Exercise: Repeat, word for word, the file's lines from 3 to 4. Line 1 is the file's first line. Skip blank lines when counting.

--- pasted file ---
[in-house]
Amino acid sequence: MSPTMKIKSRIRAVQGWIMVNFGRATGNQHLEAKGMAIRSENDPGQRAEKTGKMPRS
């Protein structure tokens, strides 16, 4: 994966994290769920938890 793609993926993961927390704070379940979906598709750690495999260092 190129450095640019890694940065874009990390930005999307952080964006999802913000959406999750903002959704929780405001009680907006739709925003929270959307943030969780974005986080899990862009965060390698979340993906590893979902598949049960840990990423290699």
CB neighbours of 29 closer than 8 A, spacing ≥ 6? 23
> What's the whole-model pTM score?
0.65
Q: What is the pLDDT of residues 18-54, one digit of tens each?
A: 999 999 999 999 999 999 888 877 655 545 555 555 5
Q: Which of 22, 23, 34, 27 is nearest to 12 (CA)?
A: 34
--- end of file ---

């Protein structure tokens, strides 16, 4: 994966994290769920938890 793609993926993961927390704070379940979906598709750690495999260092 190129450095640019890694940065874009990390930005999307952080964006999802913000959406999750903002959704929780405001009680907006739709925003929270959307943030969780974005986080899990862009965060390698979340993906590893979902598949049960840990990423290699």
CB neighbours of 29 closer than 8 A, spacing ≥ 6? 23